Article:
Gulf Air Selects CFM56-5B Engines To Power A320 Fleet

April 27, 2009

Bahrain's national carrier Gulf Air has chosen CFM56-5B engines to power 15 new Airbus A320 family aircraft scheduled for delivery between late 2009 and 2012.

The engines are the product of CFM International (CFM), a joint company between Snecma (Safran Group) and General Electric Company, and the order is valued at US $270 million.

"Gulf Air is a long-time CFM customer and selecting this engine demonstrates our continued trust and confidence in this product's excellent technical capability. It also demonstrates our long-standing relationship with CFM who has powered our existing A320 and A340 fleet with superior reliability," says Gulf Air Chief Executive Officer Mr. Bjorn Naf.

"The CFM manufactured engines are not new to Gulf Air; we have been operating CFM56-5A and -5B powered single-aisle Airbus A320 and long-range, four-engine CFM56-5C powered A340-300 aircraft for many years now and we know the product well," concluded Mr. Naf.

All of Gulf Air's CFM56-5B engines are the Tech Insertion configuration. This configuration was introduced in September 2007 and, to date, the fleet of approximately 800 engines in service worldwide has logged nearly two million flight hours and more than 1 million flight cycles without a single engine-related event.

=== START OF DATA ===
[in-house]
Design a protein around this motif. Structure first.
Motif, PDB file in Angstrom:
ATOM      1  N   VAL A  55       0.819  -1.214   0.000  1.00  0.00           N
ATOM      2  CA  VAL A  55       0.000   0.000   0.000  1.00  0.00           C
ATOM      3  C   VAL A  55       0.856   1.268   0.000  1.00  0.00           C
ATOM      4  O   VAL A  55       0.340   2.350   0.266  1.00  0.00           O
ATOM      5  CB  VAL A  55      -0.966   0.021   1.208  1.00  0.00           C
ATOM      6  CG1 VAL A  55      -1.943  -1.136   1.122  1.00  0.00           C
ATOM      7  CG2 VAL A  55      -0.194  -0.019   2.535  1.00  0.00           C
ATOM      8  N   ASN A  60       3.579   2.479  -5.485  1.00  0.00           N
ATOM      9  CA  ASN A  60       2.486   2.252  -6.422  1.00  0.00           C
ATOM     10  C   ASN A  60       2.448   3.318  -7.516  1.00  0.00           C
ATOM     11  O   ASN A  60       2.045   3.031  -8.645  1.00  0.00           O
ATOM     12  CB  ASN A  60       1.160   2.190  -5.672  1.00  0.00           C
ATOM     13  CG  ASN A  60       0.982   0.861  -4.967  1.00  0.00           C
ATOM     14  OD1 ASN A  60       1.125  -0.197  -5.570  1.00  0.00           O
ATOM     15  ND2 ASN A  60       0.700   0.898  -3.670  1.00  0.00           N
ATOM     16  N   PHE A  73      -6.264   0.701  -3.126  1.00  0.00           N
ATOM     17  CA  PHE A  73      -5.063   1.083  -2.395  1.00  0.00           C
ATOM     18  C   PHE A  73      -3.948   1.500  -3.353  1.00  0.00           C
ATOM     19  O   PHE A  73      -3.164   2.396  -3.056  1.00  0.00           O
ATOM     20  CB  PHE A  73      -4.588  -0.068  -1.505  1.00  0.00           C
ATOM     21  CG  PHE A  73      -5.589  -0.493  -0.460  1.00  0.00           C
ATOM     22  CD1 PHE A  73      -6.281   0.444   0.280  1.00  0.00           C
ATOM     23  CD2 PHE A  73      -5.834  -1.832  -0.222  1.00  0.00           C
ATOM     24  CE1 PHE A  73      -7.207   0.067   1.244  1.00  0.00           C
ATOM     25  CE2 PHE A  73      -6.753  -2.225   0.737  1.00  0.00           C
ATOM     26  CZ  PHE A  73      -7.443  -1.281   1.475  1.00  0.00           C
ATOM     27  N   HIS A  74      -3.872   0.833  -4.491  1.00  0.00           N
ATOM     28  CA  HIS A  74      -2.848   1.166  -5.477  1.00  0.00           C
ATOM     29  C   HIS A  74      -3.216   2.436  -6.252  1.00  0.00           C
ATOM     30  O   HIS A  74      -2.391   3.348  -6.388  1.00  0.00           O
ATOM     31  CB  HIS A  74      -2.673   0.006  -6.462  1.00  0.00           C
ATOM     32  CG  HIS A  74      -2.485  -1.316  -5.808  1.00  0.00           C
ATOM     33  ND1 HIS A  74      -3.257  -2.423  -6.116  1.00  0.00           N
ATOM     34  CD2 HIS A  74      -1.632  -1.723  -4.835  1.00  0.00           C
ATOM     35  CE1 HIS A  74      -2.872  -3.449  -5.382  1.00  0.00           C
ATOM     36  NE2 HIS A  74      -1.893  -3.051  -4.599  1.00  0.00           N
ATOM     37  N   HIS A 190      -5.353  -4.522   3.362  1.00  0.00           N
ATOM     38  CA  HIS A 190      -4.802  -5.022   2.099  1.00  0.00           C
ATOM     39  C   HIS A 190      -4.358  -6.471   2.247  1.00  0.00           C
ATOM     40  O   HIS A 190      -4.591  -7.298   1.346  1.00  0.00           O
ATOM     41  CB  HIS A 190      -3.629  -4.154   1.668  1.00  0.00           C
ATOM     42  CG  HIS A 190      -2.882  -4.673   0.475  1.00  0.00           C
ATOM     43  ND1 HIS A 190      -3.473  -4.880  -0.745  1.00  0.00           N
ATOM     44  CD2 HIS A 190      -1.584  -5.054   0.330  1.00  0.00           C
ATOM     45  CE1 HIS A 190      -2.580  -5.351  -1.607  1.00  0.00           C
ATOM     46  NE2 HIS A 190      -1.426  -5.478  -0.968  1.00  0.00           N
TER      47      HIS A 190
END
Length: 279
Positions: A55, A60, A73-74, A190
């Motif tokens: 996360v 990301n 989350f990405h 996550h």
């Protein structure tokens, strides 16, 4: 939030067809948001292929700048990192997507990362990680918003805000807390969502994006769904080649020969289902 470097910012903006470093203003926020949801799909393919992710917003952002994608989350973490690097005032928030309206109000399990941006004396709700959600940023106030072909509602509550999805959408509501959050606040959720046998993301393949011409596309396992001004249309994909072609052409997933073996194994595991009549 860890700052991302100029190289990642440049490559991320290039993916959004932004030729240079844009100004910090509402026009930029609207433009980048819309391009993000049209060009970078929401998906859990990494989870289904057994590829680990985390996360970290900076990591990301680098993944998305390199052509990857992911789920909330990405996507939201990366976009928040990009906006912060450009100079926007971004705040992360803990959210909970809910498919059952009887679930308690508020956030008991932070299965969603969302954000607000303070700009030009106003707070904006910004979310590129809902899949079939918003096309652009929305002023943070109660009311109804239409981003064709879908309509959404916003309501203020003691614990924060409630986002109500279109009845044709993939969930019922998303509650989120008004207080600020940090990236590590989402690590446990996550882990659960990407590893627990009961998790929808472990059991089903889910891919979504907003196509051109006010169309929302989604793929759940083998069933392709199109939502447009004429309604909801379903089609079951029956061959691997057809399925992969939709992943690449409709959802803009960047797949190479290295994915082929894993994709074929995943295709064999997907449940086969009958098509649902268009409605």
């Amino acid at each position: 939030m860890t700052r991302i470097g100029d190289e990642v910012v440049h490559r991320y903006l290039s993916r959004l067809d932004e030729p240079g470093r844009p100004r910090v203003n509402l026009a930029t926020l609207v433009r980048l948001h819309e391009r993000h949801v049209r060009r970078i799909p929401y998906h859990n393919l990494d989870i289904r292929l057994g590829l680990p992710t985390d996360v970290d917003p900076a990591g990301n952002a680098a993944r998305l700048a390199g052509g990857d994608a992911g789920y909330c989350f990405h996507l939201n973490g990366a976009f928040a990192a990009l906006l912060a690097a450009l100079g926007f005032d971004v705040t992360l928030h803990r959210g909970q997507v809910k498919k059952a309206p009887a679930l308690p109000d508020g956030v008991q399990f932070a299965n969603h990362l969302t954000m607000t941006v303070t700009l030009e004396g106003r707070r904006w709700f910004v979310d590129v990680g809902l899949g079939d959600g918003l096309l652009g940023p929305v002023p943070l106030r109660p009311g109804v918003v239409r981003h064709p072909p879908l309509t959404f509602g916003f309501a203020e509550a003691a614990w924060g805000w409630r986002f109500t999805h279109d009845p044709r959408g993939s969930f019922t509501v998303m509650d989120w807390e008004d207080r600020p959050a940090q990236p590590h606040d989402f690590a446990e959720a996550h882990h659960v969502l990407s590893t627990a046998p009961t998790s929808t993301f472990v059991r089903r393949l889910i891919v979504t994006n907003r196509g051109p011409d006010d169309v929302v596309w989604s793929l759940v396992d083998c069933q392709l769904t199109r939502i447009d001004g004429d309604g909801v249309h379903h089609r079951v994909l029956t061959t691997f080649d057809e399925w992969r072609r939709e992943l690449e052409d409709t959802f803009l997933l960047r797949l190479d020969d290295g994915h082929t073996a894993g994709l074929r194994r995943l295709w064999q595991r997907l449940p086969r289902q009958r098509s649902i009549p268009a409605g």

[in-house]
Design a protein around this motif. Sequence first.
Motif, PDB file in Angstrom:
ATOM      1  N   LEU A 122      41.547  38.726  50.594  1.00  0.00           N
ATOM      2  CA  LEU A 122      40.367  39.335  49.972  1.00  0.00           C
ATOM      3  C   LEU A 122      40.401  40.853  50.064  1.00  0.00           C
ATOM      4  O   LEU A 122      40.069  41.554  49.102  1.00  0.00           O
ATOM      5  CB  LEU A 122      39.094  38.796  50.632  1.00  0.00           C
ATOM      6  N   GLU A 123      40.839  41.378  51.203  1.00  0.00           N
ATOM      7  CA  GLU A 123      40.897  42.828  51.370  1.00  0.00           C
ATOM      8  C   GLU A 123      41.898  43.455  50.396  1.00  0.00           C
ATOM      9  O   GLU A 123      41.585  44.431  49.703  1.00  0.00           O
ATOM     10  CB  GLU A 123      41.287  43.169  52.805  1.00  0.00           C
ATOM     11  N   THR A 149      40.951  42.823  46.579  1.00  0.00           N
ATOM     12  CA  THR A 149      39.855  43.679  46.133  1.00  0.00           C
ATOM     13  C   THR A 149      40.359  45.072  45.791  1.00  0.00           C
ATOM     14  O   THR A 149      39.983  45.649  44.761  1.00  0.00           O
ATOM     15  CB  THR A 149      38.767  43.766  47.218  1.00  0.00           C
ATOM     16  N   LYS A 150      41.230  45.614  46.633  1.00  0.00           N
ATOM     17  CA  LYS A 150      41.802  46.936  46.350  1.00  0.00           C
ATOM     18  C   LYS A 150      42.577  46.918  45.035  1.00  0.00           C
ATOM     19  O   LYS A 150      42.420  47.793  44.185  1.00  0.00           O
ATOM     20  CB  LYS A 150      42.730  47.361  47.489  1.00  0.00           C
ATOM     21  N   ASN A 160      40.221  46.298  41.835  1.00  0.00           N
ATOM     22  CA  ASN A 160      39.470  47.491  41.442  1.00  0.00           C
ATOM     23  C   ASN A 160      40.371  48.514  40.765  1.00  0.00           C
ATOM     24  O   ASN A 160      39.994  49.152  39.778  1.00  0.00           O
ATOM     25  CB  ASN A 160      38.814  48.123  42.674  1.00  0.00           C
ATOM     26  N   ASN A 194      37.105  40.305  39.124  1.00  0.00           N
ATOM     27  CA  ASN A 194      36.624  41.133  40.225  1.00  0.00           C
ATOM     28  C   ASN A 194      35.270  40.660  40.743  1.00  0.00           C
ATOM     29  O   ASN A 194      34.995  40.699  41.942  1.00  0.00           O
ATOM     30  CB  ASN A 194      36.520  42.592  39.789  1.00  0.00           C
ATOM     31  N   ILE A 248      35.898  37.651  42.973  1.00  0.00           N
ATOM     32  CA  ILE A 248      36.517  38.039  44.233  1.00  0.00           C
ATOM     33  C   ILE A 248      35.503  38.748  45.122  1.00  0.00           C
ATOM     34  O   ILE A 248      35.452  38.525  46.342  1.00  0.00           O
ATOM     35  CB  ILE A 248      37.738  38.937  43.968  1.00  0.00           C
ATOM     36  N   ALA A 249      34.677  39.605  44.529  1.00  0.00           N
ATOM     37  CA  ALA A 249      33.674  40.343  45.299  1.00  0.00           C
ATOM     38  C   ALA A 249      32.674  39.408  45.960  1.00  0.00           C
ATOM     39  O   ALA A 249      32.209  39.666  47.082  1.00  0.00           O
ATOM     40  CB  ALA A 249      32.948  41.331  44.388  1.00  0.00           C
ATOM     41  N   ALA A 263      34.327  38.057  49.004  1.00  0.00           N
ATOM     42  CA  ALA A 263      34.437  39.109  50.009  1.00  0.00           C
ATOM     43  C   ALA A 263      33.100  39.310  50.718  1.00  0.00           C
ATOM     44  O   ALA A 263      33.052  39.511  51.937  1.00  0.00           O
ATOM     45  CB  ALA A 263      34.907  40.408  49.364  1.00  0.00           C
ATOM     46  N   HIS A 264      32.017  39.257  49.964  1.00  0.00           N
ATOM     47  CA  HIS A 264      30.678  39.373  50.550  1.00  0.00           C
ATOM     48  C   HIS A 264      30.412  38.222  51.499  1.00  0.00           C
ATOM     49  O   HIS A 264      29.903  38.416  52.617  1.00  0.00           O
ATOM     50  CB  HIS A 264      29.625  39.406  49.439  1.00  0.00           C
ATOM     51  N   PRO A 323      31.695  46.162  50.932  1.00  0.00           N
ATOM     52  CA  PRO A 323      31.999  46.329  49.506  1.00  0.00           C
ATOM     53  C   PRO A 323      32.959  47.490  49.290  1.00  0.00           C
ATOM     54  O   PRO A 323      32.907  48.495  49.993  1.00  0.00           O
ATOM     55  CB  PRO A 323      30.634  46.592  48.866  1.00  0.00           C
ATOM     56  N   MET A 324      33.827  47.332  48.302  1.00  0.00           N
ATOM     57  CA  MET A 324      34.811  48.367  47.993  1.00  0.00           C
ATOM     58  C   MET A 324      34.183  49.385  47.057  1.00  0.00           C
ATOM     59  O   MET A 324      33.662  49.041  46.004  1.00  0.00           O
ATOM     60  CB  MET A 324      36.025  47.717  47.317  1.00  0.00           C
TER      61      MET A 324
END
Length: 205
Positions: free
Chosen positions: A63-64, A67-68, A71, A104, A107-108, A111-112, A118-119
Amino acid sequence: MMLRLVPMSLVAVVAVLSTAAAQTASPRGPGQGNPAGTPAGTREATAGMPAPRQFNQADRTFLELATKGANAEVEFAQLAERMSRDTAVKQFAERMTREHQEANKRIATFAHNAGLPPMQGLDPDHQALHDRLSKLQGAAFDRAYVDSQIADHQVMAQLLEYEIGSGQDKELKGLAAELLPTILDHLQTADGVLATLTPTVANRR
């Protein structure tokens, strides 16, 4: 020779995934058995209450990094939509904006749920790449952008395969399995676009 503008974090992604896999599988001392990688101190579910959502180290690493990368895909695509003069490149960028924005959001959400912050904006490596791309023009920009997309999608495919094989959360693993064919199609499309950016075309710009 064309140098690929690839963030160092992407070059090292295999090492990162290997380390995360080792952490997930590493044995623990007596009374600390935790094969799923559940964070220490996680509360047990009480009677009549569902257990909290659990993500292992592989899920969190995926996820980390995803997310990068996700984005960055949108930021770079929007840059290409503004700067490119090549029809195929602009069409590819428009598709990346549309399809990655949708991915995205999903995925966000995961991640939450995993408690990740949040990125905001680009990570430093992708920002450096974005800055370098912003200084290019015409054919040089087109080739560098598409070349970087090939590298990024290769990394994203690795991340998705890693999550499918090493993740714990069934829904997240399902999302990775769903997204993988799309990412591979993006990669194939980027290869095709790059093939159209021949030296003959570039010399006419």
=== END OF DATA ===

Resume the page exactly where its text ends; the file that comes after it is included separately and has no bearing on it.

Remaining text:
CFM56 Tech Insertion provides operators with a one percent improvement in fuel consumption over the life of the product, compared to the base CFM56-5B engine. This lower fuel consumption also lowers CO2, reducing emissions by 200 tons per aircraft per year. Improved analytic design tools have also enabled CFM to further optimize the Tech Insertion combustor such that it emits 25 percent lower NOx emissions. As a result, the engine meets the new International Civil Aviation Organisation (ICAO) Committee of Aviation Environmental Protection Standards (CAEP /6) that took effect in early 2008.

Over the engine's life cycle, Tech Insertion will also provide operators with longer time on wing and will lower maintenance costs between five and 12 percent, depending on the thrust rating. These benefits are achieved through improvements to the high-pressure compressor and the high- and low-pressure turbines.

Jamie Jewell

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Charles Soret

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Perry Bradley

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Talal Ahmed Almahmood

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